Calling a writer a writer

ImageOn Saturday, I braved the monsoon that descended upon the north coast ALL DAY to take a trip over the misty mountain and into the City of Culture for another of the Verbal Arts Centre’s fantastic free workshops – this time with former BBC journalist and successful author, Felicity McCall.

The two-hour slot was to be based around Belfast’s One City One Book – that is, the novel, ‘All The Beggars Riding’ by Lucy Caldwell – with discussion on the themes within, as well as giving the opportunity to discuss your own material.

I came armed with chapter one of ‘The Draft’ in the hope that I could share a little of it and get some feedback and I certainly wasn’t disappointed!

First things first however, our little group delved into Lucy’s literary novel, which tells stories within stories and is written almost poetically. The themes running through the novel include memoir, reminiscence, family history/secrets and the idea of ‘the honest narrator’. We also discussed the issue of denouement in the novel and how effective a book can be in drawing in an audience when there is no ‘big reveal’ at the end i.e. the reader knows from the very blurb on the cover what exactly this story is about and what has happened.

‘All The Beggars Riding’ is a book of two parts – one told from the point of view (POV) of the narrator (blended in with her attempt at a memoir) – the other from the fictional POV of the narrator’s mother, which the narrator has imagined.

It had, we agreed, the potential to confuse when actually writing the book and we generally agreed that the second half was much easier to relate to, as the first section is a little more disjointed, with the narrator swinging between memoir and present day and constantly berating herself about her writing and remembering abilities.

All in all however, the book is beautifully written and put together and presents an interesting, slightly unconventional way of writing a novel. Indeed, at times, as the narrator attends creative writing classes and Lucy herself teaches such classes in real life, the book can read as a handy guide on how to write well!

Moving on from ‘All The Beggars Riding’, we next looked at the sort of writing we were producing – be it poetry, prose or otherwise – and Felicity quite rightly pointed out the fact that to call yourself a writer was still almost like a taboo in writing circles. Despite the fact that people who play music but who aren’t in an orchestra or have recorded a CD call themselves musicians and just like someone who draws but isn’t published or exhibited anywhere calls themselves an artist, why then do writers who aren’t published shy away from calling themselves a writer, despite the fact they might have copious quantities of writing at home or self-published or scribbled in countless notebooks?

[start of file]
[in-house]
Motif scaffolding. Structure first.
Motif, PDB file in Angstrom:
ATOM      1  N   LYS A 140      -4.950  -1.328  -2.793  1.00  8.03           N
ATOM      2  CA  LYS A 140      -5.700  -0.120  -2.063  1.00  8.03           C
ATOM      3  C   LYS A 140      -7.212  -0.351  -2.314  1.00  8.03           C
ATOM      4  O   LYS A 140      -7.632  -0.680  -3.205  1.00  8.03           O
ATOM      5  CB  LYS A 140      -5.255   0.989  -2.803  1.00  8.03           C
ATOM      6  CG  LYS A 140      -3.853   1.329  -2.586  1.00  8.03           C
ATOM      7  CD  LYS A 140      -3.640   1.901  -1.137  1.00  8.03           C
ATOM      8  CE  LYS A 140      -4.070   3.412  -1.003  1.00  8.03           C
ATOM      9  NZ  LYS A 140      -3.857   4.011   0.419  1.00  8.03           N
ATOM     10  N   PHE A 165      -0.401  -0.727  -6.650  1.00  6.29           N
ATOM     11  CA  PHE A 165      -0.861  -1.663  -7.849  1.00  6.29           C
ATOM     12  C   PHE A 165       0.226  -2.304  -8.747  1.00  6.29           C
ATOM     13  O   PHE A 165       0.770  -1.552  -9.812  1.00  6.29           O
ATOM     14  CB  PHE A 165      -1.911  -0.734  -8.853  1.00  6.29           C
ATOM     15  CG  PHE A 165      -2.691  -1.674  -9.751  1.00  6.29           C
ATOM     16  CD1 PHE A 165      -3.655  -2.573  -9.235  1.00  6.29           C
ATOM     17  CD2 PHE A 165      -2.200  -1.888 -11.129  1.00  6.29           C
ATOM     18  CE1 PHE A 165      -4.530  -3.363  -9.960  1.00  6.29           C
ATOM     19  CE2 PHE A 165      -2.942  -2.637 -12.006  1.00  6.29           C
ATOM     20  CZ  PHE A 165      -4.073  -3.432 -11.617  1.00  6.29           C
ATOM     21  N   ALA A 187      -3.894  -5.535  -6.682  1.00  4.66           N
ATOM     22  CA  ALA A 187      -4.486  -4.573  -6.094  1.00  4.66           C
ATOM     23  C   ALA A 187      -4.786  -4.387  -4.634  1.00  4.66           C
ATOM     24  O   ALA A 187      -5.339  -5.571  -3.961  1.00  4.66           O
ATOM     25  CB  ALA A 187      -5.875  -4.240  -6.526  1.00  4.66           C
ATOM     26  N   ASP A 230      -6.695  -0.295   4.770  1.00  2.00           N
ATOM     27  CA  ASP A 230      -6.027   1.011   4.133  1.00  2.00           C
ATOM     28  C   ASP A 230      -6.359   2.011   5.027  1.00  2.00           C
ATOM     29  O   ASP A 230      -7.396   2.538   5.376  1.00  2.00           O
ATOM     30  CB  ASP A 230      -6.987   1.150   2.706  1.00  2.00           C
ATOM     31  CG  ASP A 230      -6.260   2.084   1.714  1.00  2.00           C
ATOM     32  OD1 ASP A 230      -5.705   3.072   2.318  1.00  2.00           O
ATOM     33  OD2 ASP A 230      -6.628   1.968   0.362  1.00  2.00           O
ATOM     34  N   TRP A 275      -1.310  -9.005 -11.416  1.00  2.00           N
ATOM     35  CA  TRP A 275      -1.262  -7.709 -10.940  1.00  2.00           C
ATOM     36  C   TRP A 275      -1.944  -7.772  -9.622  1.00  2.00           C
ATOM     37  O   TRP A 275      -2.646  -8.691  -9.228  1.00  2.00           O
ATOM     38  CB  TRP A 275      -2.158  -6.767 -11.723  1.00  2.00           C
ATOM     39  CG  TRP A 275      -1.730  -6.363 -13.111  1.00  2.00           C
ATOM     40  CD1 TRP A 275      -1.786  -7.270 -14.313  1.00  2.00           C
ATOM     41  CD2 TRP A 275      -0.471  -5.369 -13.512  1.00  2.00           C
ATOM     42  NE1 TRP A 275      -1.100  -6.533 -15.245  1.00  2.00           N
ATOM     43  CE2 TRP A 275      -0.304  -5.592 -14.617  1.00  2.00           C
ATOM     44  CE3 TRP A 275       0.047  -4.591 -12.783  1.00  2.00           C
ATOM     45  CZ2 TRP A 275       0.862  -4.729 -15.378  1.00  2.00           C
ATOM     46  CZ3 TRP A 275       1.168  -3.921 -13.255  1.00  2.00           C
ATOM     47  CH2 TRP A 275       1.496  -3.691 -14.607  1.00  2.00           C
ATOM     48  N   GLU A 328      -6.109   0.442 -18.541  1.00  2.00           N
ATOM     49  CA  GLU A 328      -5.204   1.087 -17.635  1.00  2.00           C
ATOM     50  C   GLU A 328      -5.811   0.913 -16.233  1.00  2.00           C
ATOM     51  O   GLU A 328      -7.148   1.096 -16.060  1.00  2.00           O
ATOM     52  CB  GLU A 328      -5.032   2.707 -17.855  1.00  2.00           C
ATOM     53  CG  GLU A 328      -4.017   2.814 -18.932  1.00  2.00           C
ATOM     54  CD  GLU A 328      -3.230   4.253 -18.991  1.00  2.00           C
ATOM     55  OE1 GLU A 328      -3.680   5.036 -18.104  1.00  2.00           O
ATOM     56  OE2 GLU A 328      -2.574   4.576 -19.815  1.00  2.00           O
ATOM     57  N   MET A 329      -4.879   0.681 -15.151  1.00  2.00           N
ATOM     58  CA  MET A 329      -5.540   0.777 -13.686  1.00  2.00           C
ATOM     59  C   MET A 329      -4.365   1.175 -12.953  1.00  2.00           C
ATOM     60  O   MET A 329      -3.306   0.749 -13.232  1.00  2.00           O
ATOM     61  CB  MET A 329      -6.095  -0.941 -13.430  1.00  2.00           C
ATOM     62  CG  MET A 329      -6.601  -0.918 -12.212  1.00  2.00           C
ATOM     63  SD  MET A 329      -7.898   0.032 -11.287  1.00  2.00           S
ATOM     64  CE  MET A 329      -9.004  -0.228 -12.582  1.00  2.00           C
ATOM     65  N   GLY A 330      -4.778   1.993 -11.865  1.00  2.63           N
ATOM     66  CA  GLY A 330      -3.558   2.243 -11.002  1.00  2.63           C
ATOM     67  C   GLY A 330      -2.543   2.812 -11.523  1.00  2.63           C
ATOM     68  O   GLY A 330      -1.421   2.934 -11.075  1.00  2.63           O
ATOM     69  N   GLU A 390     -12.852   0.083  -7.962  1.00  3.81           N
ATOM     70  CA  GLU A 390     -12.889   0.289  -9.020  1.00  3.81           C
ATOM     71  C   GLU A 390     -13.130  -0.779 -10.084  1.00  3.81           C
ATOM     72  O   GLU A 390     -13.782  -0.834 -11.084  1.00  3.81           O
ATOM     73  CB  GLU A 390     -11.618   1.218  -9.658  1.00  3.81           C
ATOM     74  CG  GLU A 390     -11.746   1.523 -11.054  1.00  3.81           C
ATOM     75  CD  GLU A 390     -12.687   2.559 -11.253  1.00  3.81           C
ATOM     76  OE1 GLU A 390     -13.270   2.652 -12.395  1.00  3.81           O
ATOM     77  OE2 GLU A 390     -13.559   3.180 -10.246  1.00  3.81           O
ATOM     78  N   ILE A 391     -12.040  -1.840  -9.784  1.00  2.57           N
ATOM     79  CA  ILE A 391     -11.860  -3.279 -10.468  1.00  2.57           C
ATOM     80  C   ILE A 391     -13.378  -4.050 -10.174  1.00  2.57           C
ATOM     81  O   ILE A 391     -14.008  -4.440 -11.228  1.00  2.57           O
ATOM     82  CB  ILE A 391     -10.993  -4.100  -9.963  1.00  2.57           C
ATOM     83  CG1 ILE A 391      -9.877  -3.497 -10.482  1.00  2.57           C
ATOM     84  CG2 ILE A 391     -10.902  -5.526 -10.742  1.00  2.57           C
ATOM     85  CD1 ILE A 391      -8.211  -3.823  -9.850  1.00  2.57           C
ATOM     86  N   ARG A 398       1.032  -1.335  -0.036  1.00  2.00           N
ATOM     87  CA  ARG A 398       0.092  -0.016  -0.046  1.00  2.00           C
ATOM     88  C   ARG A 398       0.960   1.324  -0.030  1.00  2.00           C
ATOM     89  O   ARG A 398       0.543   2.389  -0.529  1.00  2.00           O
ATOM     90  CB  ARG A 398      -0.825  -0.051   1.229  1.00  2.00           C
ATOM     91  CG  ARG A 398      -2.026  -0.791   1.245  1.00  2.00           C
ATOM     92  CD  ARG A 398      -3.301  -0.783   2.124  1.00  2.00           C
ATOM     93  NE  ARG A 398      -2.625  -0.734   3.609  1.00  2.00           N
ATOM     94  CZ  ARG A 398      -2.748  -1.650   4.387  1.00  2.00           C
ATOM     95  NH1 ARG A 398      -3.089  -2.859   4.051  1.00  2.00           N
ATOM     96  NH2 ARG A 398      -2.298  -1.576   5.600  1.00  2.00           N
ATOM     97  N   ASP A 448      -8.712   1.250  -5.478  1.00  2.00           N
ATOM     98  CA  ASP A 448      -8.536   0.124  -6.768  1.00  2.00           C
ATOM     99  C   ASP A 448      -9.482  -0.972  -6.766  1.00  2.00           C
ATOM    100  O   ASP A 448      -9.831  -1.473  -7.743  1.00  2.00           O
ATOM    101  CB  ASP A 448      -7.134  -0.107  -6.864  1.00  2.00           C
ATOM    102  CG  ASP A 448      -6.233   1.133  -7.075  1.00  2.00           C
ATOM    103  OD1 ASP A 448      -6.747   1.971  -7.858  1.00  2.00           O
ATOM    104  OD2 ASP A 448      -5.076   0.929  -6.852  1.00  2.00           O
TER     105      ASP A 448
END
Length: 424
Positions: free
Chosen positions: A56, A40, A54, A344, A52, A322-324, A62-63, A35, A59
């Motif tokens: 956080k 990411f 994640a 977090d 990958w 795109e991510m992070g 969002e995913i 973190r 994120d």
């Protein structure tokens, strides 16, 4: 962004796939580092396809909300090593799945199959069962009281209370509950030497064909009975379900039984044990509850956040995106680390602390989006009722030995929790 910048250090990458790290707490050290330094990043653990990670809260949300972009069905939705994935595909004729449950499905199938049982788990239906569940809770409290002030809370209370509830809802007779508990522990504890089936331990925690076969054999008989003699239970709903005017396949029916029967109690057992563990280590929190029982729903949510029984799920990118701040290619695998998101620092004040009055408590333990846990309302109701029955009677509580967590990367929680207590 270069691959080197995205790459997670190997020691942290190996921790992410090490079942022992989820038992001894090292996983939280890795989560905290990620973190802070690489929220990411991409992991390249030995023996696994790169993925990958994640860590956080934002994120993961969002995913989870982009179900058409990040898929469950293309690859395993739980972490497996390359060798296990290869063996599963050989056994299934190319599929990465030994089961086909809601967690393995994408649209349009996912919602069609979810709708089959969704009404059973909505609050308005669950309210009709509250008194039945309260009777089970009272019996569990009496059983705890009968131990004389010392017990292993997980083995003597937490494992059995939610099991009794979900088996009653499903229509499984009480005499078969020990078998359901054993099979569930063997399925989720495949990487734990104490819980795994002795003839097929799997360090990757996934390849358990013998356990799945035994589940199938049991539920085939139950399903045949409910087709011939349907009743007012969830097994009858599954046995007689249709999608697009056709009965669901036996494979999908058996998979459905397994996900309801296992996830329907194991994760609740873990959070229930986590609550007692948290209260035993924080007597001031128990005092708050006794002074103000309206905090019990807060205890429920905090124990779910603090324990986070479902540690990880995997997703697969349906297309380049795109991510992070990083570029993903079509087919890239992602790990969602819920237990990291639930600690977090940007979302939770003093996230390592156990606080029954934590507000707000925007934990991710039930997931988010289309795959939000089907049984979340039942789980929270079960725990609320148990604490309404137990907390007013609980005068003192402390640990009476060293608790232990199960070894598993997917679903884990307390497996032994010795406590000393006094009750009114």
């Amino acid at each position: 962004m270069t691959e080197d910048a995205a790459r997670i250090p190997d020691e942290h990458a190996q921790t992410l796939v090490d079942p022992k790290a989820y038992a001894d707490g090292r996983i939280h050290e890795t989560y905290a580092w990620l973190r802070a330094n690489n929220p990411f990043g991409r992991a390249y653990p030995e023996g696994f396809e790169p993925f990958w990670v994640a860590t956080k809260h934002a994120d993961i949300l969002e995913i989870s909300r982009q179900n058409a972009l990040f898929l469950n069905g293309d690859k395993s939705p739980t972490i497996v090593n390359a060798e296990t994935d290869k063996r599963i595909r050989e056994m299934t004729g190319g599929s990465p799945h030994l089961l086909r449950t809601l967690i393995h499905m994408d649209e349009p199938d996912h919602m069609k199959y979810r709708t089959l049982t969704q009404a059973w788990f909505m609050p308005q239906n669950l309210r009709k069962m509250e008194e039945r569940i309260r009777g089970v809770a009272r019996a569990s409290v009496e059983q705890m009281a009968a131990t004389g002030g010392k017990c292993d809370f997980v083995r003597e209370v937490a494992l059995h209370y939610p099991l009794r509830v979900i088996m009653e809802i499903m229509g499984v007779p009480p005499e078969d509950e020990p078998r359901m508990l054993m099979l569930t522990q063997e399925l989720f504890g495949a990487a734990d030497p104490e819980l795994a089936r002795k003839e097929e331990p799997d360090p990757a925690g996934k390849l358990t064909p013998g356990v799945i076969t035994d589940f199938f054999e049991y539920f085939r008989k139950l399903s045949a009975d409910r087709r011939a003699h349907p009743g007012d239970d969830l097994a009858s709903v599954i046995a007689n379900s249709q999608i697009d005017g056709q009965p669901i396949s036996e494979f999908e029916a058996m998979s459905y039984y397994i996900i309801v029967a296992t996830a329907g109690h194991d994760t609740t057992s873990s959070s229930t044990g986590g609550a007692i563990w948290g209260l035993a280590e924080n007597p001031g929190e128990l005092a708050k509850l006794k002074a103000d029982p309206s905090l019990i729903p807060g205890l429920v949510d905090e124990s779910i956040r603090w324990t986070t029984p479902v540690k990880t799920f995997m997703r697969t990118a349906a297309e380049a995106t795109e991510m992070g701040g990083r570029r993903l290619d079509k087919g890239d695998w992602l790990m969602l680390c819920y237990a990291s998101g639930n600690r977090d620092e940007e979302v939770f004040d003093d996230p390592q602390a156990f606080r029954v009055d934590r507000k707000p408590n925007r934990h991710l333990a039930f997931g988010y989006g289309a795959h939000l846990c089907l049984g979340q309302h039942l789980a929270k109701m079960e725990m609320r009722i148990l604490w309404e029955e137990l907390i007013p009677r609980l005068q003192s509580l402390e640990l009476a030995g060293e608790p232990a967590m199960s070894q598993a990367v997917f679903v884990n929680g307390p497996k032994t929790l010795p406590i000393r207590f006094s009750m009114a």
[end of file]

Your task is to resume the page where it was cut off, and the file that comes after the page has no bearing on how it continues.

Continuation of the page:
As playwright Damian Gorman told us in our creative writing classes last year – ‘if you write, you’re a writer and everyone here is a writer.’

Felicity very kindly agreed to read aloud some of my first chapter and gave some great feedback afterwards with regards to the writing and marketing it. Most exciting of all, she described it as ‘poetic and lyrical’ and ‘contemporary but timeless’ and said when pitching it, I could call it a ‘magical and charming’ story for 9-12 year-olds. 

Particularly coming from a children’s author, I was delighted to receive any sort of feedback, let alone such positive comments and have taken on board her recommendation to lower the age slightly of my protagonist and to aim the book at the slightly older age group, rather than my previous 7-11 category.

Positive feedback and encouragement can help so much and because of the torrential rain I had even been considering not going along on Saturday! It just goes to show that you really should seize every opportunity and meet as many authors and fellow writers as you can because, so far, every one I’ve met has been incredibly wiling to help and offer advice. Fionnuala from the workshop, who is focusing on writing a memoir (and is in the picture above), was also very encouraging, which was really lovely to hear. It means such a lot for people to say they enjoy your writing.

Following Saturday afternoon’s inspirational session, I was subsequently spurred on to finish the final read-through/corrections of my manuscript over the rest of the weekend and I also tweaked my synopsis, which I’m still refining, along with a pitch letter. What’s more, my former creative writing facilitator from Flowerfield Arts Centre in Portstewart – Damian Gorman – then agreed to read my first chapter and offer feedback as well, so that was emailed off this morning! 

My next step is now to get my synopsis in order, along with the perfect pitch letter and then… hit the agents and publishers (those who accept unsolicited manuscripts anyway) before they all abandon their offices for the summer. It has crept up on me slowly but surely and now…. I have all of a sudden reached the most nail-biting stage of all. 

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